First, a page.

When a client says their organization wants to increase sales, my first question is Why, aka What are you really after? My second is How? We looked at these questions in more detail in this previous post. The answers frame the selection of the right revenue growth metrics and key performance indices (KPIs) for your organization.

How are you going to increase sales to drive organizational success? There are a number of strategies with corresponding metrics to track progress. A few of the most effective are listed below.

  • Gross sales – top line percentage and dollar growth in revenue
  • Net sales – gross sales minus warranty, refunds, rebates, discounts (critical if employee compensation is tied to gross sales)
  • Number of customers – affects both stability and complexity of your operations
  • Customer retention – it costs less to retain a customer than to bring in new customers
  • Number of leads and lead conversion to sales – how much of your efforts to attract leads actually convert to sales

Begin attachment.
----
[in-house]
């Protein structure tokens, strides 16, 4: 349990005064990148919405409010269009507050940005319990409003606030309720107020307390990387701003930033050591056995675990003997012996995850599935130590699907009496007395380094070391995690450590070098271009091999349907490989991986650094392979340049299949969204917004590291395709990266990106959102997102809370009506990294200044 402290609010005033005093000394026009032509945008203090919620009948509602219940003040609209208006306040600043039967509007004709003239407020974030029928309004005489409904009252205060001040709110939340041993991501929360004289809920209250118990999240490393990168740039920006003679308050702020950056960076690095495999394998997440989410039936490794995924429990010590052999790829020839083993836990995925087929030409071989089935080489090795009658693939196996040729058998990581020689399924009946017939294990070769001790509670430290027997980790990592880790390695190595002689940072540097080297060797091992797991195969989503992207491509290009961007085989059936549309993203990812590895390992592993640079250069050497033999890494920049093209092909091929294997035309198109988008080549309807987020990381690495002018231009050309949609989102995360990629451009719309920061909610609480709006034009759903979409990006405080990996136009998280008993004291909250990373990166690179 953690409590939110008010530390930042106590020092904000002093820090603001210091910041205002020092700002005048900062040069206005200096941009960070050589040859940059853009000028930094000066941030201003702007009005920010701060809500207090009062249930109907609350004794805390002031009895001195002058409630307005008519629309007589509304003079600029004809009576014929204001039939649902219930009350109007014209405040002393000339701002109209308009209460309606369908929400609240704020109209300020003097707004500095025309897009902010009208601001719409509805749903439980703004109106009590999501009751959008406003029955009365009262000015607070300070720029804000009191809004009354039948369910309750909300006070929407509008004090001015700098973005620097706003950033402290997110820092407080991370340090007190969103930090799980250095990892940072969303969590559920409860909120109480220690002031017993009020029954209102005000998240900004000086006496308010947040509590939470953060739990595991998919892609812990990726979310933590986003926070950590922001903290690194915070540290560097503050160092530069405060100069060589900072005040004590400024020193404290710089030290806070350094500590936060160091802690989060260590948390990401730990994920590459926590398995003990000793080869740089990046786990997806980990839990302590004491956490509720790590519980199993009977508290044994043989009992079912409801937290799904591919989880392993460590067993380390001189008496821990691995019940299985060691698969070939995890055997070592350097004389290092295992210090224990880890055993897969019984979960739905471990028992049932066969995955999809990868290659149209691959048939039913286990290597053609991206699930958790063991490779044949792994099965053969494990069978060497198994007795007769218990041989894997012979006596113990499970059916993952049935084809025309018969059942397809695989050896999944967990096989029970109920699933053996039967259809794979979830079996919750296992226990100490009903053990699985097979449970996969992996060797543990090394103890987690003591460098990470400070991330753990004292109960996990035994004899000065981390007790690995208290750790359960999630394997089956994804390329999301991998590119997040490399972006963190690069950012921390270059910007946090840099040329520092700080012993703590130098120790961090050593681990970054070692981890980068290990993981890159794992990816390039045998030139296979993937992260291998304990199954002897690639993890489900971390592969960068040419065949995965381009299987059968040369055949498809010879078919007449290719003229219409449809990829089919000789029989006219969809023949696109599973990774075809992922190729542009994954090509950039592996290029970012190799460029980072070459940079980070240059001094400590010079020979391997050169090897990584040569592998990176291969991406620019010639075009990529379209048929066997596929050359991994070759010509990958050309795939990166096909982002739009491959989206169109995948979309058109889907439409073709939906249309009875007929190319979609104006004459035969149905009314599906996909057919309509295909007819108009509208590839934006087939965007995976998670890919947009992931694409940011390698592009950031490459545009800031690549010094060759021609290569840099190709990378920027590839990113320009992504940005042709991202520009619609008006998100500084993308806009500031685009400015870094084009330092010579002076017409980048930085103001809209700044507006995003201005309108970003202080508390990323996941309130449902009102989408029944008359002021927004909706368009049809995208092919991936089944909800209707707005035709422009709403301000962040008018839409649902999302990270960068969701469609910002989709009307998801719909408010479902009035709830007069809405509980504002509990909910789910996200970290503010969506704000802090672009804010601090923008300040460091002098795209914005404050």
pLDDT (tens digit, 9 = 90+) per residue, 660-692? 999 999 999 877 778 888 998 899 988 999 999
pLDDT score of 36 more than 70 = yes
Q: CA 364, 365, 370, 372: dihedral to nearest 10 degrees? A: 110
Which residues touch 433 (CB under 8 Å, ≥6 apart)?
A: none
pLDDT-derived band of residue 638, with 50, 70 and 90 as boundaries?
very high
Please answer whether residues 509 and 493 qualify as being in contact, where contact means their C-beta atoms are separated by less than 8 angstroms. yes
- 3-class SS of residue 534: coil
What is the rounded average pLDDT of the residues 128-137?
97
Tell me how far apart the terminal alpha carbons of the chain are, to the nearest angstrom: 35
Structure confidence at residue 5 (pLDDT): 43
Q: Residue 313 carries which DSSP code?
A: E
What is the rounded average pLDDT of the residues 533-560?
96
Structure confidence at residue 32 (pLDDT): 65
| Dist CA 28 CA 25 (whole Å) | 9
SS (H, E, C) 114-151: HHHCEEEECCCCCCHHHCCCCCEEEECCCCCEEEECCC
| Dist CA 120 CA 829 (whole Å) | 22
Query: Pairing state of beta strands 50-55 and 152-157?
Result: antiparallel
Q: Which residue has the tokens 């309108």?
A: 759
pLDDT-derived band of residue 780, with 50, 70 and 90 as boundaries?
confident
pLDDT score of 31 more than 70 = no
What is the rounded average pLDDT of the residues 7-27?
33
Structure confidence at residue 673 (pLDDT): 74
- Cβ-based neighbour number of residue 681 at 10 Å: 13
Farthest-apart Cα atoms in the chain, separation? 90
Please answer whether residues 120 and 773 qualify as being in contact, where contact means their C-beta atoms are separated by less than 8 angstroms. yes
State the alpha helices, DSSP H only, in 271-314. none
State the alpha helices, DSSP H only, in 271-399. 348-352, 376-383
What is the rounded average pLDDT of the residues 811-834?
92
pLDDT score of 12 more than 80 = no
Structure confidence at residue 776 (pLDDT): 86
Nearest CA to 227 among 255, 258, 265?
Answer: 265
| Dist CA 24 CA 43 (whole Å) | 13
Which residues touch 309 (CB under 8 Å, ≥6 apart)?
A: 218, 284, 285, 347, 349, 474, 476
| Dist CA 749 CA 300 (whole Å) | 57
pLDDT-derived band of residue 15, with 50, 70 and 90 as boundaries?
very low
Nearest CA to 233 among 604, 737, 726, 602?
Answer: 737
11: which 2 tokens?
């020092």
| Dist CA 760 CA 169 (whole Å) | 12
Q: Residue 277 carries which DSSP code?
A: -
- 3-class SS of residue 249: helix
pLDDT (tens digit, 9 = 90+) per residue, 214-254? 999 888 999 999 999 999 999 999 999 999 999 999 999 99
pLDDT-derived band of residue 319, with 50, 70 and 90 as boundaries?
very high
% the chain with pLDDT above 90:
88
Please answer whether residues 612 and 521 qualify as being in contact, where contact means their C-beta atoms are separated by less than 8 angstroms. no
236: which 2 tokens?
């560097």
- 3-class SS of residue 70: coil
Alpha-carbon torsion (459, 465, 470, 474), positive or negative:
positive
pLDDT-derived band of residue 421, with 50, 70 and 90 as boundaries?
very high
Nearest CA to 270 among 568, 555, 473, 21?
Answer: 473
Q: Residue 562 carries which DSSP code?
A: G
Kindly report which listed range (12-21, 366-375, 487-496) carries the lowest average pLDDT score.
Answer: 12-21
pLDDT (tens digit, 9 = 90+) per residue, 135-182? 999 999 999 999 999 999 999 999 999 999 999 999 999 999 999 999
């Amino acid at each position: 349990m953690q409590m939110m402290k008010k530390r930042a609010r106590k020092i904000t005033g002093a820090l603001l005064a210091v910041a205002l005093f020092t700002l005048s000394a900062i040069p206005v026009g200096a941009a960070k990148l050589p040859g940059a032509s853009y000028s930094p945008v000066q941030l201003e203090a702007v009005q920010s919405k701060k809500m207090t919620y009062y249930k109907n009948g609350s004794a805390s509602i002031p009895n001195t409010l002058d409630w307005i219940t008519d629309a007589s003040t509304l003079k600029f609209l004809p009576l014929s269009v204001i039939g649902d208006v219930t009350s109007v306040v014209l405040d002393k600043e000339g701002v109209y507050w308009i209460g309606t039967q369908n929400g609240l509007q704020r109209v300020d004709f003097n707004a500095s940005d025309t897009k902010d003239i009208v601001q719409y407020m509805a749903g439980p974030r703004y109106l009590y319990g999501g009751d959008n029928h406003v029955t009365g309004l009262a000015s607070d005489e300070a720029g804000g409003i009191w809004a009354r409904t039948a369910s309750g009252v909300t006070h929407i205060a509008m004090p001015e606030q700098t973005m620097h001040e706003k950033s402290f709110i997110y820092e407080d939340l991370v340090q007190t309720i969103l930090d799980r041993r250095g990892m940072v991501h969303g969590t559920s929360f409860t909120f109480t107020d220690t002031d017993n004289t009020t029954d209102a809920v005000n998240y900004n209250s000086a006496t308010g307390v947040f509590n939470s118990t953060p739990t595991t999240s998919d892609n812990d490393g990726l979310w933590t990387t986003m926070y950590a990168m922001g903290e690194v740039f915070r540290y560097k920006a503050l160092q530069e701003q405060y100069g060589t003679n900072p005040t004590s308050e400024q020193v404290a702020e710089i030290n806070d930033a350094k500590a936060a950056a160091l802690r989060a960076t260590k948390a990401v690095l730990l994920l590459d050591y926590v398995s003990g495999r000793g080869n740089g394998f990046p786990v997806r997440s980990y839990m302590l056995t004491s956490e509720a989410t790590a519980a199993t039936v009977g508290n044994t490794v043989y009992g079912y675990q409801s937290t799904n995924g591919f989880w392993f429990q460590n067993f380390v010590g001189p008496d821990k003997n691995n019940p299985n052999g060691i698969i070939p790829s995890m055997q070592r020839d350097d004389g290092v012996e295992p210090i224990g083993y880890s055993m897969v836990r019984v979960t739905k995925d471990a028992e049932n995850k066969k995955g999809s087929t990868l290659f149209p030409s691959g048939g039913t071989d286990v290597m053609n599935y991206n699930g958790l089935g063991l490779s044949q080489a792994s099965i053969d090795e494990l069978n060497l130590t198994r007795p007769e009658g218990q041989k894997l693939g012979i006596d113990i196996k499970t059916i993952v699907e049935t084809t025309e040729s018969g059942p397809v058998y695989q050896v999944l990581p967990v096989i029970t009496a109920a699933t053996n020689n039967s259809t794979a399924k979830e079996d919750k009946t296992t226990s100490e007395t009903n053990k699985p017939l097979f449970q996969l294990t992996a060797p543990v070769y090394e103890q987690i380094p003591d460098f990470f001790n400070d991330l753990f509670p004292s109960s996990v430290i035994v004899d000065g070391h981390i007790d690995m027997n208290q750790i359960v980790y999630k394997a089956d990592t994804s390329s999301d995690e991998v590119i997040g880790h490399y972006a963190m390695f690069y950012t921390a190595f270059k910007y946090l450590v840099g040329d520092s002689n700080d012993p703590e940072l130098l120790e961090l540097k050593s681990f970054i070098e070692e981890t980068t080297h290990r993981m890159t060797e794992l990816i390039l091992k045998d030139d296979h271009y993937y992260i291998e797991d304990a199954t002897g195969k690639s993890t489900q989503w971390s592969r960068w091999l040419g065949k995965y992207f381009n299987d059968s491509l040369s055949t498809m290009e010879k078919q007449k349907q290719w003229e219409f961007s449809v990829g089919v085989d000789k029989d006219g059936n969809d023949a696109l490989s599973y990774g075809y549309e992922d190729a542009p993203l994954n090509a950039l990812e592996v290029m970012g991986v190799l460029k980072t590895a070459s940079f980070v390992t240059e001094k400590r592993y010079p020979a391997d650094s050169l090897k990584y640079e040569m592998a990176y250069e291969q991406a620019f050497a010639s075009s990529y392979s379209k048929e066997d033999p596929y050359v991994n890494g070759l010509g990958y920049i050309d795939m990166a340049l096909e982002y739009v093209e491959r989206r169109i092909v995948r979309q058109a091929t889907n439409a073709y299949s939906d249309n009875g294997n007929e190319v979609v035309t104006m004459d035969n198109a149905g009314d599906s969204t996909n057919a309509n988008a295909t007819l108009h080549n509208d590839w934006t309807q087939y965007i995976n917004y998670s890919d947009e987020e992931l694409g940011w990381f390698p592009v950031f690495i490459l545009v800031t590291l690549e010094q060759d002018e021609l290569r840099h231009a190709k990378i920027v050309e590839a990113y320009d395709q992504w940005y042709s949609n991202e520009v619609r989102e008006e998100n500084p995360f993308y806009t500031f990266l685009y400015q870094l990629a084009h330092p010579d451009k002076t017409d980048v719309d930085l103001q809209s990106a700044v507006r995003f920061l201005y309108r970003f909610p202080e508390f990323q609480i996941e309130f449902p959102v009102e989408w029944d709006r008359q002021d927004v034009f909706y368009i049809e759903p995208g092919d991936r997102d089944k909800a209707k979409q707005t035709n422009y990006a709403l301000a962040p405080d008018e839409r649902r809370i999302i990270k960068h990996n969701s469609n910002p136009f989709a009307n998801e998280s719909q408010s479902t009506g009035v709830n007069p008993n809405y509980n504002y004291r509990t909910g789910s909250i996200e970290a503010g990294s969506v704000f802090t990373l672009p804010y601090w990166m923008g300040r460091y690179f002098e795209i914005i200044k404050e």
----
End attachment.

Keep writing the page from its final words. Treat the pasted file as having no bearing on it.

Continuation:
• Number of new customers – especially for new products, services, and markets
  • Average purchase – get your existing customers to spend more through companion products and services, or introduce a new offering that your customers want (or currently get elsewhere)
  • Product/service performance – which offerings are most efficient to sell and/or most popular with customers

And the big question — the Pareto principle, or 80/20 rule, suggests that 80% of your customers provide 20% of your profitability – AND 20% of your customers provide 80% of your headaches. Who are the right customers?

While it may seem obvious that a goal of increasing sales should also increase net income, the net income growth should be an explicit KPI. If you offer sales-based compensation, that system should also include some component of profitability. It’s important to incentivize appropriately to ensure that increased gross revenue flows through to give you more cash/profit/options for the future. More on profitability metrics next time.

This is the second article in a series on metrics. Please share your thoughts and topic requests in the Leave a Reply section below. And visit the Contact page to arrange for a free consultation.

 

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